When Arabs Danced review: Jawad Rhalib’s When Arabs Danced is an intuitive, uncensored view from creative, contemporary souls inside the Muslim faith who are struggling to understand where the joy and freedom have gone from their religion, within certain boundaries of course. Filmed from Belgium to Iran, Morocco to Egypt, we hear from dancers, actors and theatre lovers who hold strong desires to keep hold of the history for the passion of dance and artistic independence within their beliefs, yet many feel it is being drowned out by extremists within their own faith who are denying their past with stories of fear and out-dated belief structures.
When Arabs Danced review [TIFF]
Rhalib’s documentary begins as a look into the memories of his Mother’s belly dancing he had a child, and the shame he felt at one point, but soon moves towards a cultural study of the world he inhabits. This is a deeply interesting look into a world that often gets misrepresented in the mainstream media. For this film, we meet real, everyday people – of all ages – who are fighting against oppression and denial of the freedom to dance, or explore the study of the art, all in places where they grew up and have seen drastic changes. There are thought-provoking observations throughout as we learn that even within the faith, people cannot do what they want to and are often cast out by family and friends if they do.
When Arabs Danced endeavours to take us away from the usual stereotypes and also isn’t scared of exploring the reality that old-style misunderstanding isn’t helping future generations, nor is it progressing hope or opportunity for the youth who want to explore the creative side of their existence. His film celebrates the sheer joy of dance and music for every type of person, both in sexuality and individual belief. I think it’s very easy to take the creative arts for granted in a world that, to someone like me, is so accessible and reflective. But when you see it as something that’s denied by others, you’ve got to question why and that’s what Rhalib’s documentary certainly does.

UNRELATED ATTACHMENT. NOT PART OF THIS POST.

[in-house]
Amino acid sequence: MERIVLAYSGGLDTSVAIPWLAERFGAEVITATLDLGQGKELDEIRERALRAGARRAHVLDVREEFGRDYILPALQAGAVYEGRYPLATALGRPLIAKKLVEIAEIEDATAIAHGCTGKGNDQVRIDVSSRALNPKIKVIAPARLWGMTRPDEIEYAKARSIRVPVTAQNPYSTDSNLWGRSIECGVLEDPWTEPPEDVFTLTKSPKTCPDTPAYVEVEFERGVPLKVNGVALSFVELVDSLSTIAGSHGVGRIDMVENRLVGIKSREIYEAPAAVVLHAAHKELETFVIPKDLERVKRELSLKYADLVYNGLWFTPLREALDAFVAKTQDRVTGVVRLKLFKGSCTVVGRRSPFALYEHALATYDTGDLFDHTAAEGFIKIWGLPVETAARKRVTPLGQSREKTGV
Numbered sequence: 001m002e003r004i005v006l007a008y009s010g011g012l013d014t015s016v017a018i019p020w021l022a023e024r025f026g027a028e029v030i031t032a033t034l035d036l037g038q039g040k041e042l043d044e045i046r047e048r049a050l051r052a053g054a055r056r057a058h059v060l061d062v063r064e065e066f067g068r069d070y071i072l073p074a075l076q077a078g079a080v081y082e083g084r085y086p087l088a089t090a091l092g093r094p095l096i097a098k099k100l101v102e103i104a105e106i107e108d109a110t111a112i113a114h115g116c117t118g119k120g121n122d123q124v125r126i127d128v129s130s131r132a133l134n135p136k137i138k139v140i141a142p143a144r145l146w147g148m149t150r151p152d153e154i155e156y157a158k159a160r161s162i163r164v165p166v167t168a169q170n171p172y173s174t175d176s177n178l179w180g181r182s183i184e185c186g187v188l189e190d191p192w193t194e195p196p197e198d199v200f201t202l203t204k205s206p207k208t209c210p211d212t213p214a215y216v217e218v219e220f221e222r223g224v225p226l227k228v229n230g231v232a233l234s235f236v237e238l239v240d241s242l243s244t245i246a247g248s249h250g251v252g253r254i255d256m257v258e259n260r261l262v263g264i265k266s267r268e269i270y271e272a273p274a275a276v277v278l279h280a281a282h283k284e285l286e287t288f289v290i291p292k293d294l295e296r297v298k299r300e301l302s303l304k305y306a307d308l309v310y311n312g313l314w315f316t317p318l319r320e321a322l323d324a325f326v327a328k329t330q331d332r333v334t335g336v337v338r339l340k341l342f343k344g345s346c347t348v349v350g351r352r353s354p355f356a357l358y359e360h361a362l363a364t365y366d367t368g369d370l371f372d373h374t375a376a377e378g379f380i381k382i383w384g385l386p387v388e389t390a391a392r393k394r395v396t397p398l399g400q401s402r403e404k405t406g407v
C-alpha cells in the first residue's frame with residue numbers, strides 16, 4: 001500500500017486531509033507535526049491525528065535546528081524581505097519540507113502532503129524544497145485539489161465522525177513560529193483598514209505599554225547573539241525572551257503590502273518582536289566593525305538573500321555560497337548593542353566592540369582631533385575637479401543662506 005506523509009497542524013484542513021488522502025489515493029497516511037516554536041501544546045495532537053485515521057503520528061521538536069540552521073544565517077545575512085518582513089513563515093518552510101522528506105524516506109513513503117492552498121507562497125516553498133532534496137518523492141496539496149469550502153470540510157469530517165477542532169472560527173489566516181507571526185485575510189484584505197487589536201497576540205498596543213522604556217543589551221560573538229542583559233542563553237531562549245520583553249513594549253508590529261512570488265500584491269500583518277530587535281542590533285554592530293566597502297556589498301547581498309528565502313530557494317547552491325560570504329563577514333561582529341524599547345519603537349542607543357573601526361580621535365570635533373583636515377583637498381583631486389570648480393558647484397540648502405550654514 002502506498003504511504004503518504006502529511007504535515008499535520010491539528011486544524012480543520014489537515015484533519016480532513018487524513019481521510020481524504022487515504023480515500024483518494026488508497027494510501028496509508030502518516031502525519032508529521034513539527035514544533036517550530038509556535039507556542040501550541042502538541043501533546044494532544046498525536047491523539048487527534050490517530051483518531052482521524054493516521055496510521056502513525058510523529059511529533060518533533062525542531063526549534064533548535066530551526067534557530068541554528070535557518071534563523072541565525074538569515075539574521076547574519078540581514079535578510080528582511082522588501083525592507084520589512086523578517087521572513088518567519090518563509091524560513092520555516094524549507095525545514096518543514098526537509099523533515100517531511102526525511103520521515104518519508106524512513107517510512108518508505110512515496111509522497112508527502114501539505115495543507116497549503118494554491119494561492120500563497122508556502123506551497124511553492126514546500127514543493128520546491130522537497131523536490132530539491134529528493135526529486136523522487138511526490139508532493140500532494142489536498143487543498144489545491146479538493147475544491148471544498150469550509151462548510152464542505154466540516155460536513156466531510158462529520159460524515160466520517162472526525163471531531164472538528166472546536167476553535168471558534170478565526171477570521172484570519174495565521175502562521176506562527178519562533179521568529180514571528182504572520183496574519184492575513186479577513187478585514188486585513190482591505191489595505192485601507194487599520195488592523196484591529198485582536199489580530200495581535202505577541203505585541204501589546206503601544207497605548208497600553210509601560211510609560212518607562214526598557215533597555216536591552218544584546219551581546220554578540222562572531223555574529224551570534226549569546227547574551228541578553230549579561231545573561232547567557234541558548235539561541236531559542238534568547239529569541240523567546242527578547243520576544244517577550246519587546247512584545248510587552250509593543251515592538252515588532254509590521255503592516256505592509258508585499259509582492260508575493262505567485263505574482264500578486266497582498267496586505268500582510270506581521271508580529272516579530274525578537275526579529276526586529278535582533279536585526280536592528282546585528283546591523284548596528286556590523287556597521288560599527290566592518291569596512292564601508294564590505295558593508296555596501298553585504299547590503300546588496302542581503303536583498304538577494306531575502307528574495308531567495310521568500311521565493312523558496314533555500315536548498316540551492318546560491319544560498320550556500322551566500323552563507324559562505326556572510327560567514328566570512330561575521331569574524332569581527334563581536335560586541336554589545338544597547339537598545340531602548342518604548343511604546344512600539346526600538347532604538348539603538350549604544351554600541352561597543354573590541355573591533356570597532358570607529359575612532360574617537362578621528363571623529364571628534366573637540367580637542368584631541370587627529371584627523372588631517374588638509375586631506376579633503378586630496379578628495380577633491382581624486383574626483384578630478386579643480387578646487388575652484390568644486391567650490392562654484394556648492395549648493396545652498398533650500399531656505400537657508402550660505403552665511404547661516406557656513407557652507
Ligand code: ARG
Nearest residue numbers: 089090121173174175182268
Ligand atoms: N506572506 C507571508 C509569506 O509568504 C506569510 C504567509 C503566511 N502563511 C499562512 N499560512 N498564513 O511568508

While this audience learns from seeing another side of a religion I definitely don’t know everything about, I did find that same type of arguments and points repeat themselves and so you lose a little connection somewhere in the middle but, that being said, it doesn’t make the documentary any less significant and it’s certainly necessary. I think When Arabs Danced could be hugely cathartic and inspirational for some audiences. In truth, there is the seed of hope planted in moments of desperation in his documentary, and this comes to life via the heart of every story we hear.
Exquisitely filmed and shot by cinematographer François Schmitt, it’s also a poignant, truthful, and timely documentary as this isn’t we something we see every day. When Arabs Danced should encourage compelling discussions and, quite vitally, there’s an important belief at work just settling on the surface here and that’s hope; authentic, spirited hope for future generations.
When Arabs Danced review by Dan Bullock, September 2018.